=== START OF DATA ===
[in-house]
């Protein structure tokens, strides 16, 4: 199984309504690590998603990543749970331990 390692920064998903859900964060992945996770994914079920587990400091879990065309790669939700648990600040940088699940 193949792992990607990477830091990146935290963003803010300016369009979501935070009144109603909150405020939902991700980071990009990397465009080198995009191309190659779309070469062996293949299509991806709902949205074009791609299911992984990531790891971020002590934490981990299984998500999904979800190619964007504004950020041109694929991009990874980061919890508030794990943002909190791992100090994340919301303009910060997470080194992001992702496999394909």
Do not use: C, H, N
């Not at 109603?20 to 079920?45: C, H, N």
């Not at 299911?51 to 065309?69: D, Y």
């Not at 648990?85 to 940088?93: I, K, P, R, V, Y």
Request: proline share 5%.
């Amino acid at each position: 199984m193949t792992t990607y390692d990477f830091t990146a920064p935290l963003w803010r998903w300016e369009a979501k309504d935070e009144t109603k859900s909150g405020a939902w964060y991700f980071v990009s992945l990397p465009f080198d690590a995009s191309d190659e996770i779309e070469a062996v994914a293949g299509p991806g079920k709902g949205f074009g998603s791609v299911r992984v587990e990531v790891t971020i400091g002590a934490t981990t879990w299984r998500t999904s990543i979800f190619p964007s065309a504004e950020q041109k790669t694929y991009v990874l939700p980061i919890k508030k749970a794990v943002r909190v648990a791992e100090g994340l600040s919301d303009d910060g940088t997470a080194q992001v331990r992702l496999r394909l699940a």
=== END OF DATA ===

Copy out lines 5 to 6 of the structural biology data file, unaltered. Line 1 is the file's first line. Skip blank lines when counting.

């Not at 299911?51 to 065309?69: D, Y």
């Not at 648990?85 to 940088?93: I, K, P, R, V, Y």